Bouncing forward to maximise value creation post COVID-19

Less may be more in the commercial and industrial property future and our forward-thinking clients are not only adapting to current conditions but planning for their long-term, post-COVID-19 futures.

As Darwin’s theory stated, it isn’t the strongest of the species that survives, nor the most intelligent, but the one most responsive to change.

And we are already seeing significant shifts in the commercial and industrial property sectors. If you’re amongst the current first wave of those off-loading a commercial building or looking to pick up a bargain, then you need to understand the new paradigm of asset valuation.

As tenants strive to compete in the post-COVID-19 economy, value must be derived from their changed needs. Not only the tightening of floor space but the sale of entire assets. This doesn’t necessarily represent a contracting of their businesses but instead can be a sign of a tighter focus on value creation.

What we’re witnessing is a predictable process of natural selection within organisational systems. The more external pressure applied the more we find ways to shed non value-creating activities, including floor space.

So in a way we’re entering a phase of property innovation, based not on outward-and-upward growth but on inward focus. We’ll be busy with asset due diligence, building re-positioning and changes of use, upgrades for fire and safety, climate adaptation and Section J 2019 compliance, and all manner of internal refurbishments, alterations and additions.

As we all know a refurbishment, re-positioning or upgrade can be complex. What is vital right now for those owners looking to streamline, or investors looking to procure, is to have an agile due diligence process in place. ‘Measure twice – cut once’ as the adage goes, but do it quickly.

There is much talk of ‘bouncing back’ post-COVID-19, but disruption of this scale also creates the need to bounce forward – to build back better and with more resilience, with more value captured. There are some strategic actions we can take to maximise value. One of the ways we explore value creation for our clients is to apply design thinking and ask the right questions through the Four Actions Framework; Reduce-Eliminate-Raise-Create.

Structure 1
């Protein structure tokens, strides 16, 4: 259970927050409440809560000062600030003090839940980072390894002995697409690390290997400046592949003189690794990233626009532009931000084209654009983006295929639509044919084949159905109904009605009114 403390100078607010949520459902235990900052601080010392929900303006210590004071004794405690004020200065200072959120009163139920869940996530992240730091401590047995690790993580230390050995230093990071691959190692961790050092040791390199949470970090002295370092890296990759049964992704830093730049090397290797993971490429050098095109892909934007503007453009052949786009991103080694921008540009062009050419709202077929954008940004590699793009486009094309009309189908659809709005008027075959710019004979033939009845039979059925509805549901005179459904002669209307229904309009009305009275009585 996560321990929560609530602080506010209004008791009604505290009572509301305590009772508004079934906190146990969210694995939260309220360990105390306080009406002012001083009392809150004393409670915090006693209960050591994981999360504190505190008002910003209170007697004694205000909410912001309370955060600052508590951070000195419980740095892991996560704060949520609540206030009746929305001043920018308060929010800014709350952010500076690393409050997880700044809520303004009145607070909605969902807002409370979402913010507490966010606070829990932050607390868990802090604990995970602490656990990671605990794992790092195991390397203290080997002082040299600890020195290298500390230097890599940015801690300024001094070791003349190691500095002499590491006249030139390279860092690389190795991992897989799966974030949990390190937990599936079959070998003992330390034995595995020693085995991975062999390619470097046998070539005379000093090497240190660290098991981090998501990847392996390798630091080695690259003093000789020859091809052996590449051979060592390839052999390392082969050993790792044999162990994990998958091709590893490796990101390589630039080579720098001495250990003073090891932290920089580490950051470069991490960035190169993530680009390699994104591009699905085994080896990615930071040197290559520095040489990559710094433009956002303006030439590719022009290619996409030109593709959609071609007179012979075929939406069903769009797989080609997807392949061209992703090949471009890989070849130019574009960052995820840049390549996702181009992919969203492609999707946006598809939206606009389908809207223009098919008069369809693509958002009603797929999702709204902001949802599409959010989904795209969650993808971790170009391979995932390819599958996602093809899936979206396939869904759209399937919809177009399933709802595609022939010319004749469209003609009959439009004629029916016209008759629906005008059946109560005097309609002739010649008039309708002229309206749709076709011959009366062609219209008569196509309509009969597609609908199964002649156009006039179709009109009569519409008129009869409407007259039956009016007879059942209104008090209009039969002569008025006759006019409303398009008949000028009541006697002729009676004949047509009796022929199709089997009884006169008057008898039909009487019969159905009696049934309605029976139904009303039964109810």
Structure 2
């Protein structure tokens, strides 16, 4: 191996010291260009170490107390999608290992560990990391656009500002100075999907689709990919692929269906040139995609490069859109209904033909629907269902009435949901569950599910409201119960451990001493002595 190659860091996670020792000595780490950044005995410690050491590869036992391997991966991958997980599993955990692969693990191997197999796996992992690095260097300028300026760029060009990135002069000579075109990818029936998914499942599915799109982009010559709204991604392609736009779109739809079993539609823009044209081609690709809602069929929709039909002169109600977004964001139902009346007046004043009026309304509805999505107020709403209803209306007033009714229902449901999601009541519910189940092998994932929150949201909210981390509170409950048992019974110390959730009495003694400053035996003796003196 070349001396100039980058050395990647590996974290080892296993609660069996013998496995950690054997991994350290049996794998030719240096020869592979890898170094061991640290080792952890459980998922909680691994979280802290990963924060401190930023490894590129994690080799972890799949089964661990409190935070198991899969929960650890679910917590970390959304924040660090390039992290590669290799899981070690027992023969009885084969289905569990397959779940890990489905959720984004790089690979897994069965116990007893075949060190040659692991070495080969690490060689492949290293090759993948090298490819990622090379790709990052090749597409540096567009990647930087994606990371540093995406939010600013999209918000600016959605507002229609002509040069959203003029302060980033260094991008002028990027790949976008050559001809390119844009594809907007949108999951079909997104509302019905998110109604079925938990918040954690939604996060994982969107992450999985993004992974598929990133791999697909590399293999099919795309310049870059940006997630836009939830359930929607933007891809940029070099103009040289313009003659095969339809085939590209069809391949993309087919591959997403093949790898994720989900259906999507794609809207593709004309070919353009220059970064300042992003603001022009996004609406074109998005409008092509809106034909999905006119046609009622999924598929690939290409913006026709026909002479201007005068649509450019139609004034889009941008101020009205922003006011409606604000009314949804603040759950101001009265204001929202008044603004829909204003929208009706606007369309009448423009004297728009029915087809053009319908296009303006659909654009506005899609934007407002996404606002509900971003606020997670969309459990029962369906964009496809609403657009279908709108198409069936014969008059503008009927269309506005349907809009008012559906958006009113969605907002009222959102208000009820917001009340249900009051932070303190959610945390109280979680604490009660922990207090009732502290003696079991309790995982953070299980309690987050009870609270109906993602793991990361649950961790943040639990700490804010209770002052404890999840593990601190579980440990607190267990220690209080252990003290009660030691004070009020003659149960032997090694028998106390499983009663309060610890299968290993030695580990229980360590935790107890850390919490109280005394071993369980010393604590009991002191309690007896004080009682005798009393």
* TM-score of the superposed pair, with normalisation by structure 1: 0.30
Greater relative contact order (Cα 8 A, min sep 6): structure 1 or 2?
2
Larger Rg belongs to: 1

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Figure 1: The Four Actions Framework, after Kim & Mauborgne, HAAS School of Business, University of California 2005

We’re seeing this process at work right now, with organisations eliminating processes that create less value for themselves or their customers, and investing in those that create higher or even new value for both. We can equally apply this to a building re-positioning exercise; What can we avoid? What can we eliminate? How might new technologies help us reduce floor space? How might we create solutions that save capital and operational expense? With a possible over-supply of repositioned assets, speed to market will also be a critical factor.

As an example, Northrop worked with LDK Greenway to assess how an existing commercial building could be converted to aged care whilst still incorporating the latest technology and performance. We completed modelling of the building to evaluate building fabric performance and options for improvement including plant efficiency, improved insulation, lighting controls and solar power.  A range of simple yet effective energy management and minimisation actions were implemented leading to a partnership with the CEFC to fund the project. We even assisted with quantifying additional value through the reuse of structure, façade and the reduced time and capital from the avoidance of one new substation.

The opportunities to reposition and lift the value of underperforming building assets is enormous. The time to do this is now, in front of the adaptation curve. Ask us for help, it’s why we’re here.

Contributor(s)
Sustainable Communities + Climate Resilience Lead
Author(s): 
Digby Hall

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